Meet The Landry Transition Team
Governor-elect Jeff Landry of Louisiana announced key members of his transition team, introducing a group that includes two past gubernatorial candidates, business leaders and his wife.
Landry, currently serving as the state’s attorney general, surprised the state on Oct. 14 when he won the gubernatorial race despite being a part of a crowded field of 14 candidates. Landry said he’s aiming to hit the ground running when he takes office in January.
Attorney General Jeff Landry announced on Tuesday that he will get advice from 14 committees composed of local influential business figures, GOP donors, a Democratic district attorney and the incoming Republican insurance commissioner, to name a few. Landry said each leader was picked because they have "real-life experience" in their fields.
These “transition councils” will advise the soon-to-be Governor on issues including insurance, education and coastal restoration. There will be an entire council to focus on New Orleans, almost certainly to focus on the crime Landry has criticized his entire tenure as state attorney general.
The details of these meetings, including their accessibility to the public as well as their regularity has not yet been announced. The panels will meet until the Jan. 8 inauguration, Landry said in a statement.
Here are the councils Landry announced on Tuesday as well as the chairs:
Joel Broussard, an outdoorsman and oil and gas executive will be chair of the Agriculture, Fisheries & Land Management council.
Terrebonne Levee and Conservation District President Tony Alford and Baton Rouge-based environmental lawyer Tim Hardy will head the Coast & Environment panel.
GOP donor and Cajun Contractors board chairman Lane Grigsby, who is a co-chair of the overall transition team, will Be in charge of the Constitutional Reform panel.
18th Judicial District District Attorney Tony Clayton, a Democrat, and former Orleans Parish Sheriff's Office lawyer Laura Rodrigue will lead Crime and Public Safety.
Economic Development and Fiscal Policy will be led by Bollinger Shipyards CEO Ben Bordelon and Lafayette Economic Development Authority CEO Mandi Mitchell.
Energy, Chemical and Maritime Industry will be handled by Gray Stream, CEO of CKX Industries, a Lake Charles-area company that earns oil and gas, timber and mineral-related royalties on land it leases or owns.
Healthcare and Hospitals are led by Keith Myers and Allyson Pharr; Myers is co-founder of LHC Group, an in-home health services company. Pharr is an attorney for Acadian Ambulance Services, the state's foremost ambulance company.
David Madden, co-owner of Madden Contracting Company, a highway construction firm in northwest Louisiana will be chair of the Infrastructure panel.
Incoming Insurance Commissioner Tim Temple and Laris Insurance Agency owner Ross Laris will head the Insurance committee.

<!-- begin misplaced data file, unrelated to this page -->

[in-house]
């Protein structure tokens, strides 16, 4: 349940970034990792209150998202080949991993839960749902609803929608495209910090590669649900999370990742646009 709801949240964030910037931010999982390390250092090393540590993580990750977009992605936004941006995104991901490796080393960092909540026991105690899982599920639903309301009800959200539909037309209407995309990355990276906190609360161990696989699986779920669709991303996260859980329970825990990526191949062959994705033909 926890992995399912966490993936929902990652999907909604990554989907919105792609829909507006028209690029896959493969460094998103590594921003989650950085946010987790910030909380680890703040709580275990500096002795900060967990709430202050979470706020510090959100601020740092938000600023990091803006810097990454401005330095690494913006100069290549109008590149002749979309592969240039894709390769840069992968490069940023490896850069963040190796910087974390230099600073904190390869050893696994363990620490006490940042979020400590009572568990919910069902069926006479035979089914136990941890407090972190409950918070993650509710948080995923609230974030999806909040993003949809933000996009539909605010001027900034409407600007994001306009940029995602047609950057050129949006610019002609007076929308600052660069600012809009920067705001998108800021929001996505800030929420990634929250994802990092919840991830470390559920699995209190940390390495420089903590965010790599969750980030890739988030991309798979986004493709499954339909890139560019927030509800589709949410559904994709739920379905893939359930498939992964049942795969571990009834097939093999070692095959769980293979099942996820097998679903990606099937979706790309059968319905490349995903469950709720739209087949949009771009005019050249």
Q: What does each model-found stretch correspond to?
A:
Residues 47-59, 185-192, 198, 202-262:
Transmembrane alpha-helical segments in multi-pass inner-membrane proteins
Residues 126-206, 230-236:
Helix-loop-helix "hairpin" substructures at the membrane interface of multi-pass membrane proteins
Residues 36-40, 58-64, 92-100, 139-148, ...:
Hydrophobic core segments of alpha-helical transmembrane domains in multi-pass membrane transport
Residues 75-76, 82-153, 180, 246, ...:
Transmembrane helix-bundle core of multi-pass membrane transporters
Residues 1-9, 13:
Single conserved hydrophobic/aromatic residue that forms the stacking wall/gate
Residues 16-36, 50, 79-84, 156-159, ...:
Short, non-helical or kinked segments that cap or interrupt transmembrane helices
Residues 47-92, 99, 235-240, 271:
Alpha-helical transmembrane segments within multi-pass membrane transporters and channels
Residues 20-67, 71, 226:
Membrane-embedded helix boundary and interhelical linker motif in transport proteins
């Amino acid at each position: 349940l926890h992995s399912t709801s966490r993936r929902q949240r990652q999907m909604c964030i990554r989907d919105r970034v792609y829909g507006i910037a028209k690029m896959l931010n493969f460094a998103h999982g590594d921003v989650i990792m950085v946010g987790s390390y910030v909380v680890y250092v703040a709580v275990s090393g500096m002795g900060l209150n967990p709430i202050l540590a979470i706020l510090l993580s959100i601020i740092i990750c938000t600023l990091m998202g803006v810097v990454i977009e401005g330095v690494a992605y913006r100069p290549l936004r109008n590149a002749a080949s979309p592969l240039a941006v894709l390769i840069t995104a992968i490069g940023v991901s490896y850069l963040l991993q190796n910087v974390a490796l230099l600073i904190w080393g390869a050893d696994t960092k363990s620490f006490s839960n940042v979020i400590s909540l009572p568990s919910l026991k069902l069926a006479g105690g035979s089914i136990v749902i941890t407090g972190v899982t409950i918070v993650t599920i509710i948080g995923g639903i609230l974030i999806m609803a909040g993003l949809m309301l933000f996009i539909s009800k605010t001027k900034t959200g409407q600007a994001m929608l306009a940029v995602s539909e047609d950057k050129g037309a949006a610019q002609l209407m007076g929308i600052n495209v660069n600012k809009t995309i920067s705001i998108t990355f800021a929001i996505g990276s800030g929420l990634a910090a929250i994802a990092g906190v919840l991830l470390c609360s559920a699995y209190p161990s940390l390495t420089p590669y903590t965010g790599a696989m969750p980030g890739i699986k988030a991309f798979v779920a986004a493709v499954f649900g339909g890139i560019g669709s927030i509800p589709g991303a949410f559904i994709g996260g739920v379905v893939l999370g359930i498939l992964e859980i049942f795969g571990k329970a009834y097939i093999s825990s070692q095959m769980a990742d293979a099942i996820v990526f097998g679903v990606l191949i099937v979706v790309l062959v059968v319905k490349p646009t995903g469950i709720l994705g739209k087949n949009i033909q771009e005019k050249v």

Business owner Eddie Rispone, a co-chair of the overall transition team, and Rebecca Boniol, vice president of the Lake Charles Charter Academy Foundation will lead the K-12 Education panel.
Louisiana Police Jury Association Executive Director Guy Cormier and St. Martinville Mayor Jason Willis will be chairs of Local and Municipal Affairs.
The Military Issues council will have Doug Judice. A retired U.S. Army lieutenant colonel and veteran, Judice now manages a consulting firm specializing in exporting manufactured goods to Latin American markets.
GOP megadonor Boysie Bollinger, New Orleans resident and former CEO of Bollinger Shipyards will be chair of the New Orleans council.
Lee Mallett, a decade-long member of the LSU Board of Supervisors will head the Workforce Development and Higher Education council.
Landry previously announced several members of his transition team, including Kyle Ruckert, a political consultant who will be leading the team. Ruckert is the president of Bold Strategies LLC, a political consulting firm out of Baton Rouge, and formerly served as the chief of staff to then-U.S. Sen. David Vitter of Louisiana.
Landry said the transition team’s headquarters will be at the University of Louisiana at Lafayette. He said the Lafayette location would make his team more accessible to the state.
Landry said he has been in contact with Gov. Edwards, who he said has been “extremely gracious.”
“I want to thank him for that,” Landry said. “I know that prior administrations, as they transition out and new ones transition in, there can be a lot of tension … so I do appreciate that. I think the governor has done a great job of reaching out.”
He has also reiterated his desire to have a special session to address crime in Louisiana “within the first month, within the first week if we can” after taking office.